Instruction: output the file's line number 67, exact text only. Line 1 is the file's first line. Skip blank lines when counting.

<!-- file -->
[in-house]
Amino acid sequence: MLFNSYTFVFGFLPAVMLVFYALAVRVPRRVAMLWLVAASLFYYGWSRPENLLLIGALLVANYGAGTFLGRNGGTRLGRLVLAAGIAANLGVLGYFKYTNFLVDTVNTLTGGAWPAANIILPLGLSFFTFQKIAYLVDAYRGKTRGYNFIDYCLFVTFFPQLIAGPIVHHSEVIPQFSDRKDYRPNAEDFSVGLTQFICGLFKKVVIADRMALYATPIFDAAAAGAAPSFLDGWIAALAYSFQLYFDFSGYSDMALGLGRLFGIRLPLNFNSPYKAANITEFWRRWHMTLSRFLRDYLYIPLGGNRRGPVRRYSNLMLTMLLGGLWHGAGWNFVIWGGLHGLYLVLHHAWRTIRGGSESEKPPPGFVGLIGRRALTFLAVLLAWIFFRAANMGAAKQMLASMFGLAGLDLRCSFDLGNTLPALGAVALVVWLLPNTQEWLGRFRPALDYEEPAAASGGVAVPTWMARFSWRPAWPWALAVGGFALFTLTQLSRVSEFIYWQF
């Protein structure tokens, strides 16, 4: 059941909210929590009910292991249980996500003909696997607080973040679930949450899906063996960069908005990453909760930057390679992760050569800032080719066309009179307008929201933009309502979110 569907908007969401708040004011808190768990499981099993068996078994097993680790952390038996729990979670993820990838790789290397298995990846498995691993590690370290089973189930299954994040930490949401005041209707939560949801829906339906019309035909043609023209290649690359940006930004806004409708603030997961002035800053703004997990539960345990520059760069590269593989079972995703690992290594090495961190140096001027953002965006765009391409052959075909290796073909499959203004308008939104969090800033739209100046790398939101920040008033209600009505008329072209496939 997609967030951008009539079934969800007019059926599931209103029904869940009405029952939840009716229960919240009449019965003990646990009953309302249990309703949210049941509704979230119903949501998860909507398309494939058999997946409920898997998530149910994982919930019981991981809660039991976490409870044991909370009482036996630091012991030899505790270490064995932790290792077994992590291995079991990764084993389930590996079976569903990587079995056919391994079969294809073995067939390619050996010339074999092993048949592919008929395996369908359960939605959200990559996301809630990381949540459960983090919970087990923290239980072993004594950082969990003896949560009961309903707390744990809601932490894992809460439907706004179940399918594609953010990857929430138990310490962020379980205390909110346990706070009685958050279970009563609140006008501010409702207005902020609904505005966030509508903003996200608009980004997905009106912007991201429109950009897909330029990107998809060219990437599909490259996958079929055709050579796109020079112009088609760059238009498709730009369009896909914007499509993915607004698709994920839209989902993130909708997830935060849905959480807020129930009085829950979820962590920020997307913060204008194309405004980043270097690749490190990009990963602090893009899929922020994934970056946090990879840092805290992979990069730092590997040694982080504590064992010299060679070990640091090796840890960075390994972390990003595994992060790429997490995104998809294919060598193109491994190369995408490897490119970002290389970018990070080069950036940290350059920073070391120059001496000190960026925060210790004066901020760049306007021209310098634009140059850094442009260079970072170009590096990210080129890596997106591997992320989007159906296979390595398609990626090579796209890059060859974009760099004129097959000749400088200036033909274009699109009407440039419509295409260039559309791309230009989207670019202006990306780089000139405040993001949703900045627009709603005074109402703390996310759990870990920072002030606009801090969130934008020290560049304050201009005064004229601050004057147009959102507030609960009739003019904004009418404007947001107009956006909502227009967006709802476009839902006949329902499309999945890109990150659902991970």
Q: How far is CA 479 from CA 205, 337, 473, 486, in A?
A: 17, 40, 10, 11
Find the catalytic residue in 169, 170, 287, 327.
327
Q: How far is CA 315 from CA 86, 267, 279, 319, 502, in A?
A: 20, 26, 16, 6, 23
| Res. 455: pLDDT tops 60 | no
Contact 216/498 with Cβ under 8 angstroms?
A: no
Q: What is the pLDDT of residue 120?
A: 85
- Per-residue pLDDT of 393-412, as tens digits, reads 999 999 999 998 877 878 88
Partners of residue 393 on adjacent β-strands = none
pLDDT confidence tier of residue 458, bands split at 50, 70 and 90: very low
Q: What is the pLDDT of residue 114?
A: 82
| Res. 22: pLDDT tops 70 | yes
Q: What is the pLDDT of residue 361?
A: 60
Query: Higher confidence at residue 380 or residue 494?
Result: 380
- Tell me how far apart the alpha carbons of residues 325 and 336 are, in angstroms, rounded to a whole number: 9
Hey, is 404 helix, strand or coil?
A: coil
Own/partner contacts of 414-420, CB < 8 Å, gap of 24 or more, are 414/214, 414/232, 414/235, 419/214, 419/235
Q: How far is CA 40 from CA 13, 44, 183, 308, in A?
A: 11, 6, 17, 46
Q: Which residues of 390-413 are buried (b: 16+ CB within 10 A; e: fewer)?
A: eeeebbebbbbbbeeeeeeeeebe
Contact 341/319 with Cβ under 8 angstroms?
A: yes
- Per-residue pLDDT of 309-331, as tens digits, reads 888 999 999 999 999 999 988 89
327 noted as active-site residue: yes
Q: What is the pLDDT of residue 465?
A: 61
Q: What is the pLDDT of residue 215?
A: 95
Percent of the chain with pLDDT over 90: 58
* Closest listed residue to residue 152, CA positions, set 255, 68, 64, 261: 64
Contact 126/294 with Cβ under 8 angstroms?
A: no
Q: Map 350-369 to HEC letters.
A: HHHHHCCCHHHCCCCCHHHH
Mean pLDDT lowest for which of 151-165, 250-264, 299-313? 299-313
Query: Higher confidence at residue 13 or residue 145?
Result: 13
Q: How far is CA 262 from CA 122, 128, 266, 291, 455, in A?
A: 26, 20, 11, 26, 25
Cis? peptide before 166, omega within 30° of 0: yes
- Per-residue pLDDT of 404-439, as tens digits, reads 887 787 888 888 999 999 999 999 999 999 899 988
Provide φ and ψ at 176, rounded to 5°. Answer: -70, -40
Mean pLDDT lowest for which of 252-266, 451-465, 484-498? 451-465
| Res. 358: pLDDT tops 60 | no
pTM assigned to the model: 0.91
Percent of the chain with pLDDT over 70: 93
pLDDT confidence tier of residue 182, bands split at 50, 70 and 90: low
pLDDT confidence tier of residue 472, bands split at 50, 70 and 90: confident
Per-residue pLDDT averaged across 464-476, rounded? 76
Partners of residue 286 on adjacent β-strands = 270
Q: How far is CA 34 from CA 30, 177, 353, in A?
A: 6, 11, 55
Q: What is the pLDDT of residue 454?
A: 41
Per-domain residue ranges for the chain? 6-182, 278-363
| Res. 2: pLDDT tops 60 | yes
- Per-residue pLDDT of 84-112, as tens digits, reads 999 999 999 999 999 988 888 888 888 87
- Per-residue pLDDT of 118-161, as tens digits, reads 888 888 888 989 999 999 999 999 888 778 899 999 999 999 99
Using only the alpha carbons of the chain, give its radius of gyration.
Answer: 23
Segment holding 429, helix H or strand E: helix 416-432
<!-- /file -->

Per-domain residue ranges for the chain? 6-182, 278-363